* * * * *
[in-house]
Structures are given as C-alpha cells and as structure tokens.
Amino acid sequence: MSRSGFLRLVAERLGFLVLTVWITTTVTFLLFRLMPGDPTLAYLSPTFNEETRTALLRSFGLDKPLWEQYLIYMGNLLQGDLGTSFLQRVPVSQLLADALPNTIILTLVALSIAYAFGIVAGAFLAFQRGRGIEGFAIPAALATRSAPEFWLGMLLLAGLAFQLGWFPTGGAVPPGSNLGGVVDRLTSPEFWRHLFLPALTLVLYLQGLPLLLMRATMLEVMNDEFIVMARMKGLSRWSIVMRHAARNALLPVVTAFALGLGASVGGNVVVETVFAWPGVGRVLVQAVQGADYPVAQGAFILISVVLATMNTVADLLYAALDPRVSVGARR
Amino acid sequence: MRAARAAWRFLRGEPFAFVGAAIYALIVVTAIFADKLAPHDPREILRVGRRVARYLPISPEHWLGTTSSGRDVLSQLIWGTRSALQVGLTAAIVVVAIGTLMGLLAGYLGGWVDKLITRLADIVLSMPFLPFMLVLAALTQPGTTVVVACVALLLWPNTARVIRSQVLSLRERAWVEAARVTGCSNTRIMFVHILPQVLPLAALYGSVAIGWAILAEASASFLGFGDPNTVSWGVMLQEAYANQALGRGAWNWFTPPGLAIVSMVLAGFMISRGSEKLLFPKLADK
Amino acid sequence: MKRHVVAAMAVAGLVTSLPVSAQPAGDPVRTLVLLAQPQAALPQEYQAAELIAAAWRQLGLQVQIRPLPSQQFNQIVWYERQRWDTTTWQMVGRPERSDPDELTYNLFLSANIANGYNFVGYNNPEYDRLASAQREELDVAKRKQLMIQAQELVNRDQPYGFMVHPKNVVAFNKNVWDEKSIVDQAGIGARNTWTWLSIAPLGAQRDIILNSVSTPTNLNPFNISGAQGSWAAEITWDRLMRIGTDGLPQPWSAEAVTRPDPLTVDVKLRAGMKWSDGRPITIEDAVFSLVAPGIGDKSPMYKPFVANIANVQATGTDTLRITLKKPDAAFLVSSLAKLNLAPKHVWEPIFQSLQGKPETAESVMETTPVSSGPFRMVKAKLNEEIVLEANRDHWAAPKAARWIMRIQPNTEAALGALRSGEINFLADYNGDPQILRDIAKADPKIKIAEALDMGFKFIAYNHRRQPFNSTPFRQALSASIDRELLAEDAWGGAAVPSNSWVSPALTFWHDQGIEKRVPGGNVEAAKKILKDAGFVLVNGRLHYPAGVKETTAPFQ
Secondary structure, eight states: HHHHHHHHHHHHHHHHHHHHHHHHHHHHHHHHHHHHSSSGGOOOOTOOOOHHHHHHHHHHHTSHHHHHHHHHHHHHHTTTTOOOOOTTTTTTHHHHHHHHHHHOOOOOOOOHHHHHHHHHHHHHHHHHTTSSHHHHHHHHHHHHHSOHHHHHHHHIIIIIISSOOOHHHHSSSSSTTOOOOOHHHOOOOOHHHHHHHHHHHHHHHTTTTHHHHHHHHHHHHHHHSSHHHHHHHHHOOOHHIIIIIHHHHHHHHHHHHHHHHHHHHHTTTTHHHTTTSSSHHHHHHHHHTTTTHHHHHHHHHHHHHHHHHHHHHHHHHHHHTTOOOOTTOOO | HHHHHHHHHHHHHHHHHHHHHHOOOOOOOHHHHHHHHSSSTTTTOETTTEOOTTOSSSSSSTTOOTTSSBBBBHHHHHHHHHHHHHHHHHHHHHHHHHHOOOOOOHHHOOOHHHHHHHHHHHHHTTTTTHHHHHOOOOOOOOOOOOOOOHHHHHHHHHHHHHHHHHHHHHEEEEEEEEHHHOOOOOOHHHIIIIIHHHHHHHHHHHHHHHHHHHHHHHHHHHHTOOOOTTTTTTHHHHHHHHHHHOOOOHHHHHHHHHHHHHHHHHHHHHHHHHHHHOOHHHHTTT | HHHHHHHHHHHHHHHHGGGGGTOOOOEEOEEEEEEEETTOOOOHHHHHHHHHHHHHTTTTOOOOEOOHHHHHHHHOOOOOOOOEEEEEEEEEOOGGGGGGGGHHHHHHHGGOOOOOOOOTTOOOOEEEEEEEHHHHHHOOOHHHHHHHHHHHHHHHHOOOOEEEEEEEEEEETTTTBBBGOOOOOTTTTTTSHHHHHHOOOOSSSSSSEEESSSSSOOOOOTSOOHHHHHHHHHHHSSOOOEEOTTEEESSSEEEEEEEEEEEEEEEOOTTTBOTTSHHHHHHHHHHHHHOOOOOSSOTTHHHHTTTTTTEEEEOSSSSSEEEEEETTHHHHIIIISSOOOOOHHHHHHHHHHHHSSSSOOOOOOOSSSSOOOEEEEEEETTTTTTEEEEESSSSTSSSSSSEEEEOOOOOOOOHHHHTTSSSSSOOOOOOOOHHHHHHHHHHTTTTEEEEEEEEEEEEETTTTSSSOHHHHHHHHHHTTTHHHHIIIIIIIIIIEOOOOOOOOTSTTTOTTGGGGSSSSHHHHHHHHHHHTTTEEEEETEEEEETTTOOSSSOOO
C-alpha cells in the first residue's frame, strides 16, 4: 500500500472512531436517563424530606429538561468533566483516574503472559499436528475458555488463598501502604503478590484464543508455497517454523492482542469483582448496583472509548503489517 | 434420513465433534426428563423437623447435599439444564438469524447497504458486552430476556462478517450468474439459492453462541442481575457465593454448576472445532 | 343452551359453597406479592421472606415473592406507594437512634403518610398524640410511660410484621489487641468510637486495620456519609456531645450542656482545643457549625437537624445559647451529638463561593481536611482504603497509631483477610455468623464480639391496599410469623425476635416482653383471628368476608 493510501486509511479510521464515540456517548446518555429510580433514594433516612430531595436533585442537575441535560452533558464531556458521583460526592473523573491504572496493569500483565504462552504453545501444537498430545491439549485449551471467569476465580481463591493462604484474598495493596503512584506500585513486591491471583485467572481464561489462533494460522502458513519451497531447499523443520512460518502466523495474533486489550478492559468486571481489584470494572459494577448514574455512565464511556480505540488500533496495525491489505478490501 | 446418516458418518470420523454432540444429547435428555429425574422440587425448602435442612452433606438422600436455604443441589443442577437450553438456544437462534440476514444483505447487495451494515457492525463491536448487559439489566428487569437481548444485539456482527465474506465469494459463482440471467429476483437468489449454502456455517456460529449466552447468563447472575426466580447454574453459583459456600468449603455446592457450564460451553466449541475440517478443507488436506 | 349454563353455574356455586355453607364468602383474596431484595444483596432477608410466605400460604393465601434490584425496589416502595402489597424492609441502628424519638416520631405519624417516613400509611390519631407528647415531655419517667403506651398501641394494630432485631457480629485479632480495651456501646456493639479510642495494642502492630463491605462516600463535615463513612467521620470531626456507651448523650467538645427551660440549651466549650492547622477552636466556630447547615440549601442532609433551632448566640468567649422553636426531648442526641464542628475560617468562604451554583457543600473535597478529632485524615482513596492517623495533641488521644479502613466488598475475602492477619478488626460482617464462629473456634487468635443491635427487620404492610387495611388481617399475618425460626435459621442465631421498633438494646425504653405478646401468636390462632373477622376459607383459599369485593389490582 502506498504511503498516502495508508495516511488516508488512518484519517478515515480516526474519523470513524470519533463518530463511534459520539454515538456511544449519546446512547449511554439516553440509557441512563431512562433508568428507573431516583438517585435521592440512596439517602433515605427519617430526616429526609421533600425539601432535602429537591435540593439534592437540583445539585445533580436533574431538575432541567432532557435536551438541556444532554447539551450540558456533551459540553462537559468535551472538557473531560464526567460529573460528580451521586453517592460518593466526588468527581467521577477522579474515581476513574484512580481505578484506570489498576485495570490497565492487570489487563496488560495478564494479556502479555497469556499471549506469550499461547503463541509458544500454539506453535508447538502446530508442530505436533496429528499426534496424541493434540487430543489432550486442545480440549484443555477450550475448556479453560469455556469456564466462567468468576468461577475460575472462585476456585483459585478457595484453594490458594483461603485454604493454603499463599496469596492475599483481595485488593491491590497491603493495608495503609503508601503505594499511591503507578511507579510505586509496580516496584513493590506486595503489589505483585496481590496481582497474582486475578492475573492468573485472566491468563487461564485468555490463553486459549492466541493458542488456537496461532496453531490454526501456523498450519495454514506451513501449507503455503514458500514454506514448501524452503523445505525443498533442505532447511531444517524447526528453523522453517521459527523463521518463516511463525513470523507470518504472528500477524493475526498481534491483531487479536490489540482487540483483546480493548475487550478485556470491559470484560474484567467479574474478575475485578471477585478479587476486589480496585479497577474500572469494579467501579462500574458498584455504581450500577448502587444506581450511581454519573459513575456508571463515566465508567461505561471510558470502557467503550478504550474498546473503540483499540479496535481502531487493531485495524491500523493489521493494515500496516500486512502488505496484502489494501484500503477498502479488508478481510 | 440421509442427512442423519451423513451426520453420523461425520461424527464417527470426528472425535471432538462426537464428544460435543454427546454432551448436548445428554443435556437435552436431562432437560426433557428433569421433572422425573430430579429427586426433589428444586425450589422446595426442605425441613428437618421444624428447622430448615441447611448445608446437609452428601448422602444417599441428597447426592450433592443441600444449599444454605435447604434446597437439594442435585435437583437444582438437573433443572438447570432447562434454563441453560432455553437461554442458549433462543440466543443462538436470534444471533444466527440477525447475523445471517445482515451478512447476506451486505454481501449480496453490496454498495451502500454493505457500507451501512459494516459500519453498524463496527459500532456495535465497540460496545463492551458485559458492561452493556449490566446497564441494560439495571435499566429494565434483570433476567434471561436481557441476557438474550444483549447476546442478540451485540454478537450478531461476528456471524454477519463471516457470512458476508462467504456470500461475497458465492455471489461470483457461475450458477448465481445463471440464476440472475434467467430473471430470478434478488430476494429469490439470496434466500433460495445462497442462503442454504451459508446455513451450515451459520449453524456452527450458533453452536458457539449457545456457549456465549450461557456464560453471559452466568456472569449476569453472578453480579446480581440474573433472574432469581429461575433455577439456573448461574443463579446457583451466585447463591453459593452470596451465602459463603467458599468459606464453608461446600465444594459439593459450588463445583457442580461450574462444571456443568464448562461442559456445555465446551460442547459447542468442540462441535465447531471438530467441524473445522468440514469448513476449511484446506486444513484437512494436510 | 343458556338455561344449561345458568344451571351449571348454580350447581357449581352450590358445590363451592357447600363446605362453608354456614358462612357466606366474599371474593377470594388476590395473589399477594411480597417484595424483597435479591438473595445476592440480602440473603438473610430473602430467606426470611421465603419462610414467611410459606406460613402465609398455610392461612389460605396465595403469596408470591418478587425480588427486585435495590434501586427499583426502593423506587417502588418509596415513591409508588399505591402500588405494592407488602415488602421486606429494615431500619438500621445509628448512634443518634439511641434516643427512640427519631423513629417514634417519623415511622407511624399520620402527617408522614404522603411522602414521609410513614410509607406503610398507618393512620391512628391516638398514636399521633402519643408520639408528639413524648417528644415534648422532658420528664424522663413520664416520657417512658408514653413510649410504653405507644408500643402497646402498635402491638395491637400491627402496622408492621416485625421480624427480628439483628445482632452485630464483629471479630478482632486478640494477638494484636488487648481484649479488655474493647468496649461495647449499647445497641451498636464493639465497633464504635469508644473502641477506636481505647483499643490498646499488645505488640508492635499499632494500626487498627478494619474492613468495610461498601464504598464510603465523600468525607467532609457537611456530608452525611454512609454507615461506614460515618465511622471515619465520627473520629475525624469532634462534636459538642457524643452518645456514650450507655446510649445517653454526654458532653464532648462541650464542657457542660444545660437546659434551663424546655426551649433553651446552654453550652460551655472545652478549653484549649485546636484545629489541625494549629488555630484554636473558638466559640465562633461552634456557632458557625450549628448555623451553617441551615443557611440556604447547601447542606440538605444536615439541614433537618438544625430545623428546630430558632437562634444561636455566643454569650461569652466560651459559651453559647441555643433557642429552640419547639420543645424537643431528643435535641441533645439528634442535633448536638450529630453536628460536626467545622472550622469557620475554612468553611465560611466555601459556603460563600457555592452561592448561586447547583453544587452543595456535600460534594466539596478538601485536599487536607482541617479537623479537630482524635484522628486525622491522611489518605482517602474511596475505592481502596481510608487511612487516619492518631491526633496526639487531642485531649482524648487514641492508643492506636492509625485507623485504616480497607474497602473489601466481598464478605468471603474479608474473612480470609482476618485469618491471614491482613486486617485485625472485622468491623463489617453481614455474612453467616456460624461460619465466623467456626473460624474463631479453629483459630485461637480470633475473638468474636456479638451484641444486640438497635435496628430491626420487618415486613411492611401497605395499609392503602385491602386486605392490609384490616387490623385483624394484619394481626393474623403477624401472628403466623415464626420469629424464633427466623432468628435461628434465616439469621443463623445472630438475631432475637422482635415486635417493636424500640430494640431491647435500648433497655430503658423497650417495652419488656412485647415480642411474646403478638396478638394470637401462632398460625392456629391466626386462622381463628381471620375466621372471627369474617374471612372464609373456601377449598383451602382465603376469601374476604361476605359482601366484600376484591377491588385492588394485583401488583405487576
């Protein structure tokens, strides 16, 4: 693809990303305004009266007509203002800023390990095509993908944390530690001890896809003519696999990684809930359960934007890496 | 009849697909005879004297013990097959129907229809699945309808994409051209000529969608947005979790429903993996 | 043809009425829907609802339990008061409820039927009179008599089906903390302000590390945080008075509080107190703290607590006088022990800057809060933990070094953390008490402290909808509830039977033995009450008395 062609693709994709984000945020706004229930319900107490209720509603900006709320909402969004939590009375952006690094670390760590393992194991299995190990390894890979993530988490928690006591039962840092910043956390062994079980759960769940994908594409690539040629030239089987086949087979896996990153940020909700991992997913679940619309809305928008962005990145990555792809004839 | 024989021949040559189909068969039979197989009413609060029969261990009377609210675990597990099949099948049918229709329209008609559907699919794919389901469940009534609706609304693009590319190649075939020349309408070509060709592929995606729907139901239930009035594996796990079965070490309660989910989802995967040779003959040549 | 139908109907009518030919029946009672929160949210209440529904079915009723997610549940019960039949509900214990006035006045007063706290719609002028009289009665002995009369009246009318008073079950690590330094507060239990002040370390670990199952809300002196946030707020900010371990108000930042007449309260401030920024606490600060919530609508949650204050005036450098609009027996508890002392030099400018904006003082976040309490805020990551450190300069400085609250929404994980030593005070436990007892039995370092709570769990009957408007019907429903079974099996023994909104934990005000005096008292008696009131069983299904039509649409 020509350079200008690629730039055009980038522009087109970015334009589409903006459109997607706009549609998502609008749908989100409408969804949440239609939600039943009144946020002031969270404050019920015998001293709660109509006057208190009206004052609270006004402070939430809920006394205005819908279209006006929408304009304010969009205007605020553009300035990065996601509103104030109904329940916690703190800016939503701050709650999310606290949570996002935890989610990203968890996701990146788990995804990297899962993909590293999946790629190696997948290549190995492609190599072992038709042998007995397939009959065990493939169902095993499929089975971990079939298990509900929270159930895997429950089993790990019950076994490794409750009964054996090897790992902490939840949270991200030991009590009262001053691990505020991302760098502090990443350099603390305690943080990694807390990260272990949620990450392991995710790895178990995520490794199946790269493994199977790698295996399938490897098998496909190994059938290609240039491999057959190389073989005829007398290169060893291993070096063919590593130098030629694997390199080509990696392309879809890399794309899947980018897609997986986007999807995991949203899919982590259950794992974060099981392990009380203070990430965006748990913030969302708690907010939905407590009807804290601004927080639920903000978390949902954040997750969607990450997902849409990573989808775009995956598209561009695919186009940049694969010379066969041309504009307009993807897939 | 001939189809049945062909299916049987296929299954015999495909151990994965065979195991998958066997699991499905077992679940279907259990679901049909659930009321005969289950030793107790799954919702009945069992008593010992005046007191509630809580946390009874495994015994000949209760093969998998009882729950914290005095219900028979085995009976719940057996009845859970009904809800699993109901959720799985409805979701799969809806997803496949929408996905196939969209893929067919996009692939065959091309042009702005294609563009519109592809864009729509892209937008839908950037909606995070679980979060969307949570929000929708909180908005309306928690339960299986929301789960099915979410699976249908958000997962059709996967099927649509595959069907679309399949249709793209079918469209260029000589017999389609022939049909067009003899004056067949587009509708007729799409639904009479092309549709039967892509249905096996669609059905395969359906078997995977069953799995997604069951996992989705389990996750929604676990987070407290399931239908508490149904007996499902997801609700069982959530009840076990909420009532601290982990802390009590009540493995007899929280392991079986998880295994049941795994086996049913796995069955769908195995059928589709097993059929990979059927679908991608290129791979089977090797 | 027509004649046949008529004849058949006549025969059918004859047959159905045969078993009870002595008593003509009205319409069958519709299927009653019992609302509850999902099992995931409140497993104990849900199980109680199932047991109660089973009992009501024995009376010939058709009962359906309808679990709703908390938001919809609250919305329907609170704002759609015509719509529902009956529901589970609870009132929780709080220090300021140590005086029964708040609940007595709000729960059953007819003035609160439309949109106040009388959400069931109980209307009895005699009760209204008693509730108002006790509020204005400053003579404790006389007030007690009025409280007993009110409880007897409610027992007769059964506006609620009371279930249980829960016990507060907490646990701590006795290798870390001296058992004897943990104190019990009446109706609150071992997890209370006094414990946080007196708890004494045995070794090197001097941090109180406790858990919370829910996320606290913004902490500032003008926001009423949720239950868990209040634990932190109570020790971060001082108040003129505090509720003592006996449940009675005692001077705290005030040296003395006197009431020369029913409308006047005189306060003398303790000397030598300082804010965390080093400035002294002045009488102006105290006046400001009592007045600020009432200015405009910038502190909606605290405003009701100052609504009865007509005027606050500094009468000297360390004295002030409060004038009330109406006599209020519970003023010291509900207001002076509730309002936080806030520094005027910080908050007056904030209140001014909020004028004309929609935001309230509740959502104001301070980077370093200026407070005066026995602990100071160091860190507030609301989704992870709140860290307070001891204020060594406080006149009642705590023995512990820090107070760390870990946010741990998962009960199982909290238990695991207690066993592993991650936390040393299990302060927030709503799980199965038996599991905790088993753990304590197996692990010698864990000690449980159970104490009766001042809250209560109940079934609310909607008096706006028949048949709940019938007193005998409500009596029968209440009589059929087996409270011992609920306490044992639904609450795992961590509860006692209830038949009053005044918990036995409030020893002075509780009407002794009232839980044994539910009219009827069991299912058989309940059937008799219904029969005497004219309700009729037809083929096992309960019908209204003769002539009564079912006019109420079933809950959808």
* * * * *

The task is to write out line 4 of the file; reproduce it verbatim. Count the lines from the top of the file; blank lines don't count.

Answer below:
Amino acid sequence: MRAARAAWRFLRGEPFAFVGAAIYALIVVTAIFADKLAPHDPREILRVGRRVARYLPISPEHWLGTTSSGRDVLSQLIWGTRSALQVGLTAAIVVVAIGTLMGLLAGYLGGWVDKLITRLADIVLSMPFLPFMLVLAALTQPGTTVVVACVALLLWPNTARVIRSQVLSLRERAWVEAARVTGCSNTRIMFVHILPQVLPLAALYGSVAIGWAILAEASASFLGFGDPNTVSWGVMLQEAYANQALGRGAWNWFTPPGLAIVSMVLAGFMISRGSEKLLFPKLADK